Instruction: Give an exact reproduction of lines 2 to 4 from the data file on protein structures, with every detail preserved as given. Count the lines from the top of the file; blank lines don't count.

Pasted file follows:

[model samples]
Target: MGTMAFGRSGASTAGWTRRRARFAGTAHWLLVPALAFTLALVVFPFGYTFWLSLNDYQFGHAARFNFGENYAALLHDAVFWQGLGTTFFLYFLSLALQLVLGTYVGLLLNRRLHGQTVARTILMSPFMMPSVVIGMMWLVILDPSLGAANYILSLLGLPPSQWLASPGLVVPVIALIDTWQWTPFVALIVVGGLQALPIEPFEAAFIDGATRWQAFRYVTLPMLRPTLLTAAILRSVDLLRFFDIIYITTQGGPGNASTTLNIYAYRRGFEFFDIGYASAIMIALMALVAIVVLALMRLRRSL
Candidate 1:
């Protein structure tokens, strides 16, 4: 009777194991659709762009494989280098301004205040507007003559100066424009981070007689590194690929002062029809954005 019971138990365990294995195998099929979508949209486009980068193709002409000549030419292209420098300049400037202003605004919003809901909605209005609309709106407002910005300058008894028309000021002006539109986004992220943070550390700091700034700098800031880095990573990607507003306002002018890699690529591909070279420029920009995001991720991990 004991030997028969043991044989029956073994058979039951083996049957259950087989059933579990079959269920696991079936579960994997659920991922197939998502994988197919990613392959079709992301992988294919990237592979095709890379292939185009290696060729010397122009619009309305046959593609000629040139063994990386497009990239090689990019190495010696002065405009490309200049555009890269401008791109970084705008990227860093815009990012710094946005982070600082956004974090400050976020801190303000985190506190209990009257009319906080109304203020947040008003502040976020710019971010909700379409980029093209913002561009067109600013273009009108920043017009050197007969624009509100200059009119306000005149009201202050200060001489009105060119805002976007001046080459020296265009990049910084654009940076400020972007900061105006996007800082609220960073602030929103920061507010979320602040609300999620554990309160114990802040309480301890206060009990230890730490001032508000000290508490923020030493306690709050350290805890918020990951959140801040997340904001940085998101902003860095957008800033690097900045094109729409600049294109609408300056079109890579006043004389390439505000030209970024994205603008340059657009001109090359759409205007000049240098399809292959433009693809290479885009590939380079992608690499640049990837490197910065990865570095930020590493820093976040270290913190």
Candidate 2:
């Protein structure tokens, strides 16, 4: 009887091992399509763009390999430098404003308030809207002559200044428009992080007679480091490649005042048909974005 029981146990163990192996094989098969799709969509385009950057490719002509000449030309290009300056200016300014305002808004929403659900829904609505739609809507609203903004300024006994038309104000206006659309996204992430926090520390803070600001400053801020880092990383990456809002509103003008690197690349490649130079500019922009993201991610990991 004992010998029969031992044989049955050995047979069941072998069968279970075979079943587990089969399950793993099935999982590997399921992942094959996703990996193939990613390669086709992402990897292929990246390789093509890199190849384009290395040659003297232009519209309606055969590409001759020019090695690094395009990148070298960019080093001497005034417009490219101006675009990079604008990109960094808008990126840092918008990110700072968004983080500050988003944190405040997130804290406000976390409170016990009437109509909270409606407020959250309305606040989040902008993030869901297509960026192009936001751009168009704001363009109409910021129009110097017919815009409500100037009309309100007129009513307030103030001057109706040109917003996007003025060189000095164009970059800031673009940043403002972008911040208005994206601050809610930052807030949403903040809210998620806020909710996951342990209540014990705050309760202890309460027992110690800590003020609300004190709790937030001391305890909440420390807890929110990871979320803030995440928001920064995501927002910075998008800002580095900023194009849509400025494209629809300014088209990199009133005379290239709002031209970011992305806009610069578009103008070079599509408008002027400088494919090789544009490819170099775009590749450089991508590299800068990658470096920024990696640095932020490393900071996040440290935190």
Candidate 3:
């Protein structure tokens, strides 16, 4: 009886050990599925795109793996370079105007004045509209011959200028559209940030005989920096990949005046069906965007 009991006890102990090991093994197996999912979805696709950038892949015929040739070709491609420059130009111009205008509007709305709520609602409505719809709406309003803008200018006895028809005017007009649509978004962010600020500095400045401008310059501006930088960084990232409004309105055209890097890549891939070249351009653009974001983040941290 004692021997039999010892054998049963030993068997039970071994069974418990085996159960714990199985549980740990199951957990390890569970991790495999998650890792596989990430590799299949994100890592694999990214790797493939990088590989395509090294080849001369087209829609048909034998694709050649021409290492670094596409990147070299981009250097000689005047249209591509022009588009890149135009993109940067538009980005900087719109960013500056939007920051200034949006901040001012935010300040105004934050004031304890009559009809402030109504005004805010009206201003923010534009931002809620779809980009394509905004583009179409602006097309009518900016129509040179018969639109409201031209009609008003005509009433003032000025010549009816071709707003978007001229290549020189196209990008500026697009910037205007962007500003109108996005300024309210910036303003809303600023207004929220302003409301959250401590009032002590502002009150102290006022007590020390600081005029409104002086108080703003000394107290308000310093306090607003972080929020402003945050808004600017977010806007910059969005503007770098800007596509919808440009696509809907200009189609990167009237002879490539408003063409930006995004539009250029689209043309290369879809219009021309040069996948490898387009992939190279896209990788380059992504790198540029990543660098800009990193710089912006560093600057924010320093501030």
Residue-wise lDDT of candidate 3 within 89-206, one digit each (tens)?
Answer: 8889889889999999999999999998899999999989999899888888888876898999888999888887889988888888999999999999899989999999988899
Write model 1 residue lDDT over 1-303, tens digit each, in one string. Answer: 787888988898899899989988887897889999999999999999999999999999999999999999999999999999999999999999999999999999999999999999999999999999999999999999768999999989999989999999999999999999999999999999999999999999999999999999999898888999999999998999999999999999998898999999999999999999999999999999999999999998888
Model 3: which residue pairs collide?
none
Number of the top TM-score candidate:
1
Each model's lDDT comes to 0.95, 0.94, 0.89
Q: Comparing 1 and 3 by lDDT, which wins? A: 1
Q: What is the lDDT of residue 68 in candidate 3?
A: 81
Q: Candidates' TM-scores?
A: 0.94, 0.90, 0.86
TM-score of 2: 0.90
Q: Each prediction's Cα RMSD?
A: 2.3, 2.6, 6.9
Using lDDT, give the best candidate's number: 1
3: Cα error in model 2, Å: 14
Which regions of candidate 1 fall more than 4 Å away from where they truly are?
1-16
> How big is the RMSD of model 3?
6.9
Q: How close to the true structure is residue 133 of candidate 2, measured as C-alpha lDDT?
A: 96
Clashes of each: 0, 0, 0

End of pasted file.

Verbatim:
Target: MGTMAFGRSGASTAGWTRRRARFAGTAHWLLVPALAFTLALVVFPFGYTFWLSLNDYQFGHAARFNFGENYAALLHDAVFWQGLGTTFFLYFLSLALQLVLGTYVGLLLNRRLHGQTVARTILMSPFMMPSVVIGMMWLVILDPSLGAANYILSLLGLPPSQWLASPGLVVPVIALIDTWQWTPFVALIVVGGLQALPIEPFEAAFIDGATRWQAFRYVTLPMLRPTLLTAAILRSVDLLRFFDIIYITTQGGPGNASTTLNIYAYRRGFEFFDIGYASAIMIALMALVAIVVLALMRLRRSL
Candidate 1:
């Protein structure tokens, strides 16, 4: 009777194991659709762009494989280098301004205040507007003559100066424009981070007689590194690929002062029809954005 019971138990365990294995195998099929979508949209486009980068193709002409000549030419292209420098300049400037202003605004919003809901909605209005609309709106407002910005300058008894028309000021002006539109986004992220943070550390700091700034700098800031880095990573990607507003306002002018890699690529591909070279420029920009995001991720991990 004991030997028969043991044989029956073994058979039951083996049957259950087989059933579990079959269920696991079936579960994997659920991922197939998502994988197919990613392959079709992301992988294919990237592979095709890379292939185009290696060729010397122009619009309305046959593609000629040139063994990386497009990239090689990019190495010696002065405009490309200049555009890269401008791109970084705008990227860093815009990012710094946005982070600082956004974090400050976020801190303000985190506190209990009257009319906080109304203020947040008003502040976020710019971010909700379409980029093209913002561009067109600013273009009108920043017009050197007969624009509100200059009119306000005149009201202050200060001489009105060119805002976007001046080459020296265009990049910084654009940076400020972007900061105006996007800082609220960073602030929103920061507010979320602040609300999620554990309160114990802040309480301890206060009990230890730490001032508000000290508490923020030493306690709050350290805890918020990951959140801040997340904001940085998101902003860095957008800033690097900045094109729409600049294109609408300056079109890579006043004389390439505000030209970024994205603008340059657009001109090359759409205007000049240098399809292959433009693809290479885009590939380079992608690499640049990837490197910065990865570095930020590493820093976040270290913190």